Should You Use Roofing Staples or Nails for Roofing Projects?

Nick P. Cellucci
Written by Nick P. Cellucci
Reviewed by Keith Jacob
Updated January 27, 2023
Shingled roof of a home
Photo: Tab62 / Adobe Stock


  • Roofing staples are useful for securing the felt paper underlayment of your roofing.

  • Staple guns are less bulky and easier to control than most nail guns.

  • When it comes to securing shingles, roofing nails offer more holding power and meet building codes.

  • While pricing between the two is comparable, roofing nails offer more durability, longer length of life, and less maintenance needs.

Get quotes from up to 3 pros!
Enter a zip below and get matched to top-rated pros near you.

If a few of your shingles blew off in a storm or it’s time to replace your roof, it’s critical that you choose the right fasteners for the job. Roofing nails are highly preferred to staples for asphalt and other types of roofs because they offer more holding power, meet building codes, and are easier to install correctly.

Before you jump into your next roofing project, learn about the local building codes in your area to ensure that you’ll meet code requirements. Talk with your local roofing contractor about what they use to ensure your investment will pay off. Now, let’s look at the pros and cons of roofing staples and nails to determine what’s right for your roof.

Pros & Cons ​of Roofing Staples

You should use roofing staples to secure the felt paper underlayment of your roofing. But they don’t provide enough holding power for asphalt shingles. In fact, roof shingles secured by staples rarely meet building codes. Here are the pluses and minuses of roof staples.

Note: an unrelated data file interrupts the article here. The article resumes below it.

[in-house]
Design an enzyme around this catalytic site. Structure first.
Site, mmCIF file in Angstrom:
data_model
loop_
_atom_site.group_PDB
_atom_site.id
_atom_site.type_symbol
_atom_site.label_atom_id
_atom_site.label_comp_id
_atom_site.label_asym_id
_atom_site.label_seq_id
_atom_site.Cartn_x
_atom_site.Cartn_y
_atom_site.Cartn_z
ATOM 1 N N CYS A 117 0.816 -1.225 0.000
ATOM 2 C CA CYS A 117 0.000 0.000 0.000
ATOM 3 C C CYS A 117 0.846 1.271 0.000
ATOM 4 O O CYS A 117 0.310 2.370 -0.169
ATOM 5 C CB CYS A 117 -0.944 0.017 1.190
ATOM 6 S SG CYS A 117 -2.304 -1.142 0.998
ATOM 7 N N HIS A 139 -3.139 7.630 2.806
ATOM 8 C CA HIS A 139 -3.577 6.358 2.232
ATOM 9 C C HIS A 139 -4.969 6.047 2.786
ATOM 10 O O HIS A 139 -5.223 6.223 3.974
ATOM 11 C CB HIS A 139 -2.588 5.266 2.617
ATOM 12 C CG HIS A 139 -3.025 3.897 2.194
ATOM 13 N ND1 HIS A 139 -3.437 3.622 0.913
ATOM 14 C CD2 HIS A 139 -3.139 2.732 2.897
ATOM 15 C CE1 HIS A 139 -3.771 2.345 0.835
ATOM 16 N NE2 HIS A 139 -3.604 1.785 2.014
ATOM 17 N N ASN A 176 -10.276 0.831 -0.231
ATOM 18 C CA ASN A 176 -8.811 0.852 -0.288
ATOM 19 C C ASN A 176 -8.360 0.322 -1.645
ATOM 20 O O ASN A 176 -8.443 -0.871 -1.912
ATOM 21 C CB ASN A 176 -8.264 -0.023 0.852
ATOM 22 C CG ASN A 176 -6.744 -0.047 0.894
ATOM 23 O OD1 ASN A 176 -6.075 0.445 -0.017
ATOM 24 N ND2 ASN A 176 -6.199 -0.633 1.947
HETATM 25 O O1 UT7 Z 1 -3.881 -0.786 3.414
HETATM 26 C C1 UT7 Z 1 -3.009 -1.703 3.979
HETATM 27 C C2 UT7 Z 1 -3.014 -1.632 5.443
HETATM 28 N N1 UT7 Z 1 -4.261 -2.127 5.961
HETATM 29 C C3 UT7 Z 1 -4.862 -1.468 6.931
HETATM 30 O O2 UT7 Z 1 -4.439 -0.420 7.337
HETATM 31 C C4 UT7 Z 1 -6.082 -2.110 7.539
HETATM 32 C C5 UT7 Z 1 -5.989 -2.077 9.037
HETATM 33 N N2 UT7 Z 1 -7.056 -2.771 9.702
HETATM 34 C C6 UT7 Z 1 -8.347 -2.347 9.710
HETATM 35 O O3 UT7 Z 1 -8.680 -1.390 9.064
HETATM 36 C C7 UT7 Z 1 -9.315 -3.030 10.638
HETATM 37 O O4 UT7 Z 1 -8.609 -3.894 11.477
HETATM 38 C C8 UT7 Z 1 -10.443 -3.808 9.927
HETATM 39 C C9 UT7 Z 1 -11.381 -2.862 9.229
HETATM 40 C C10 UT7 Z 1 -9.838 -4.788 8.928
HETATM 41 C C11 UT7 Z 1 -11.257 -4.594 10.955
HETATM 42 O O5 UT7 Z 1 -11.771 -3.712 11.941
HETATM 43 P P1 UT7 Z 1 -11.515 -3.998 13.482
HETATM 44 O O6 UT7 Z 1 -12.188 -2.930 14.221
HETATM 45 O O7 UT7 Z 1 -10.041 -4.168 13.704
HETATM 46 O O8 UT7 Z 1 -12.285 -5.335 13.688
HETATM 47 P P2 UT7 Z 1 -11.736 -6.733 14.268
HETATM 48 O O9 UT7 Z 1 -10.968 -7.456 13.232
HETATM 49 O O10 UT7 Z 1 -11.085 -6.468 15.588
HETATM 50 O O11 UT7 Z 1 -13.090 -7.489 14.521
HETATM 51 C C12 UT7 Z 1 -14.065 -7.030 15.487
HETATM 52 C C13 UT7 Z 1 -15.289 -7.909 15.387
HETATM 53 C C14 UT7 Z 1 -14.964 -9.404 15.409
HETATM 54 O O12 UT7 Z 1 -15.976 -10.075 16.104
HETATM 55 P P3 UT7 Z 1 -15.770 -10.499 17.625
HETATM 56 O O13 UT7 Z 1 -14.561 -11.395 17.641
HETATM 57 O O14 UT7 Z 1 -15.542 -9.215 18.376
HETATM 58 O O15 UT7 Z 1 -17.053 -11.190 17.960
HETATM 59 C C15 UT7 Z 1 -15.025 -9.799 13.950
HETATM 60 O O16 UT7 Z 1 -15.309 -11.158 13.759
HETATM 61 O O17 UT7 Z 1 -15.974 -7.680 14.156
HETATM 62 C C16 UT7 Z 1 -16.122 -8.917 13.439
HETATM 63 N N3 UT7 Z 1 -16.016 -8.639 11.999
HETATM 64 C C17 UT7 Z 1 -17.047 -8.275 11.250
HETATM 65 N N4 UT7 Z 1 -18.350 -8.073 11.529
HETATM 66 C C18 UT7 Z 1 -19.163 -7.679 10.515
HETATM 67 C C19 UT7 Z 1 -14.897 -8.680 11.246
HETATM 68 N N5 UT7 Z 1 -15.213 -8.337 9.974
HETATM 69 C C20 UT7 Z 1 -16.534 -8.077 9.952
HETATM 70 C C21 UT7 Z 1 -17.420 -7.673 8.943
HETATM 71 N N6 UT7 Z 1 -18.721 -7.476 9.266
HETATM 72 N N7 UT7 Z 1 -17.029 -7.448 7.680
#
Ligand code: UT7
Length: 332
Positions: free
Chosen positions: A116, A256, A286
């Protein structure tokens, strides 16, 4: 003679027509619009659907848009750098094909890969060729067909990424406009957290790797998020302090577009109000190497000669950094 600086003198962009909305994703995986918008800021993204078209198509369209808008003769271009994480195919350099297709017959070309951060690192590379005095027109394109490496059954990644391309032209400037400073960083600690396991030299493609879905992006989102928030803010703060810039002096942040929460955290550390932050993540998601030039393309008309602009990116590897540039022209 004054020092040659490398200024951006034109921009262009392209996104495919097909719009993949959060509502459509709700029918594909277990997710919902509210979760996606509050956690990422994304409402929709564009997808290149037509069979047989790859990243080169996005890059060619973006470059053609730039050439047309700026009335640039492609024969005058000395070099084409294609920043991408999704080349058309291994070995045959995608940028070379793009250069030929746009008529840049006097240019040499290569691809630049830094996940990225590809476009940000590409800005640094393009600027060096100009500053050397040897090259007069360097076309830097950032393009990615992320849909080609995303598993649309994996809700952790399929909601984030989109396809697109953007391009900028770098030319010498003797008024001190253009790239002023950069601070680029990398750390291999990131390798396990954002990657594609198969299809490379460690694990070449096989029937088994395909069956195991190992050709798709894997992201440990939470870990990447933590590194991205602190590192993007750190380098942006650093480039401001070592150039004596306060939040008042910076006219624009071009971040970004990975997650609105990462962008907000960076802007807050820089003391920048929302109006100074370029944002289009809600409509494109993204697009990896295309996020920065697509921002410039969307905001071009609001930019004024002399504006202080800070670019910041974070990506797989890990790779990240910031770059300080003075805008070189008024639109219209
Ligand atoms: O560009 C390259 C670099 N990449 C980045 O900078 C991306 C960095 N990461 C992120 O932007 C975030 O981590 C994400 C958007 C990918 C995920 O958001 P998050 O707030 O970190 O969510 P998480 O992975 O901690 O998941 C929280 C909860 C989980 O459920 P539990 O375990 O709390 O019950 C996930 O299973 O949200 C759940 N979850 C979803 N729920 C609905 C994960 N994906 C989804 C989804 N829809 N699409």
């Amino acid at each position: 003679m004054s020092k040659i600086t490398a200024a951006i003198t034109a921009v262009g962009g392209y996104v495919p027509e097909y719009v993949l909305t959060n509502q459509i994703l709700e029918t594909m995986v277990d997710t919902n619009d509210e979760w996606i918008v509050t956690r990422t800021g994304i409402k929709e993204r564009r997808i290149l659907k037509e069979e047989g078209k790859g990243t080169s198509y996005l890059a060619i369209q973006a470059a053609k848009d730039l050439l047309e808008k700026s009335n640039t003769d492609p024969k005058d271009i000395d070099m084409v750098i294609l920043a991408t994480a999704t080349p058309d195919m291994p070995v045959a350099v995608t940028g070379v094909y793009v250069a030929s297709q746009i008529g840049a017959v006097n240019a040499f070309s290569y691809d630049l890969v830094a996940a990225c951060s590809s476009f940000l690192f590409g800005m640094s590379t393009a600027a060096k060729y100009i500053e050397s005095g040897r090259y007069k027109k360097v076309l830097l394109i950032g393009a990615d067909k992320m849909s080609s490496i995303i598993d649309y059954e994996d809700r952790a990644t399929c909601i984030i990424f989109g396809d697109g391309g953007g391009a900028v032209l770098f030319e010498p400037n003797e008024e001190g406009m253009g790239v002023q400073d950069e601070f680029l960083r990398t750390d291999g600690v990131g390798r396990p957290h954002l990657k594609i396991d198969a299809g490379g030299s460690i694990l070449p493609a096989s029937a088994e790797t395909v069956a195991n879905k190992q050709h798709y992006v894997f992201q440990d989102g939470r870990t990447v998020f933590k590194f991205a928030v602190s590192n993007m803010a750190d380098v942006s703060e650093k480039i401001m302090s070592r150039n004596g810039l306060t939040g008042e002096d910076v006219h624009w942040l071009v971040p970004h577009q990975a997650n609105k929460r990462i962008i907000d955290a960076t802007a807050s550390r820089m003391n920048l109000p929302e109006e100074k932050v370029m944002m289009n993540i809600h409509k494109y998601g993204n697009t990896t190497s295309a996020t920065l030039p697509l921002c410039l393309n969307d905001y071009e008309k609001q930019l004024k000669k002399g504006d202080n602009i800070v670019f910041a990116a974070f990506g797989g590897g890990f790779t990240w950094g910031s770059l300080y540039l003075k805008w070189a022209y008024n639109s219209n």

Easy to maneuver a roofing staple gun: Staple guns tend to be less bulky and easier to control than most nail guns.

Works well for underlayments: When it comes to securing roof underlayments, such as roofing tar paper, staples get the job done with precision and durability. 

Less prone to jamming: Staple guns often jam up less than nail guns, which means you can complete the project quickly.

Effortless to carry lots of staples: A roofer can have several sticks of staples in their pocket to easily reload their gun.

Affordable: Roofing staples are inexpensive, costing anywhere from $0.01 to $0.03 per staple.


Requires more skill and attention: Poor staple placement on a shingle compromises the roof’s integrity. Staples need more detail and skill to place upright into a shingle.

Doesn’t give shingles holding power: Staples don’t maintain strength and durability when securing shingles, especially in areas with high winds. Staples are more likely to blow off or become loose.

Usually doesn’t meet building codes: Your local building authority has codes related to roofing. In many areas, stapling roof shingles does not meet code regulations, meaning your roof repair or replacement would not pass inspection.

Often improperly installed: It’s hard to hold a roofing staple gun perpendicular to the shingle.  That kind of inaccuracy can lead to the staple going in at an odd angle that does not secure the shingle well. 

Easy to over-drive and underdrive: An over-driven staple can dig into the shingle or crack it in cold weather. An under-driven staple won’t offer holding power.

Person putting shingles on with nail gun
Photo: ND700 / Adobe Stock

Pros & Cons​ of Roofing Nails

Roofing nails are durable and hold shingles in place for decades, even in inclement weather and high winds. Nails are the standard for securing roofing shingles and meet nearly all building codes. Here’s what to know about the advantages and disadvantages of roofing nails for asphalt shingles.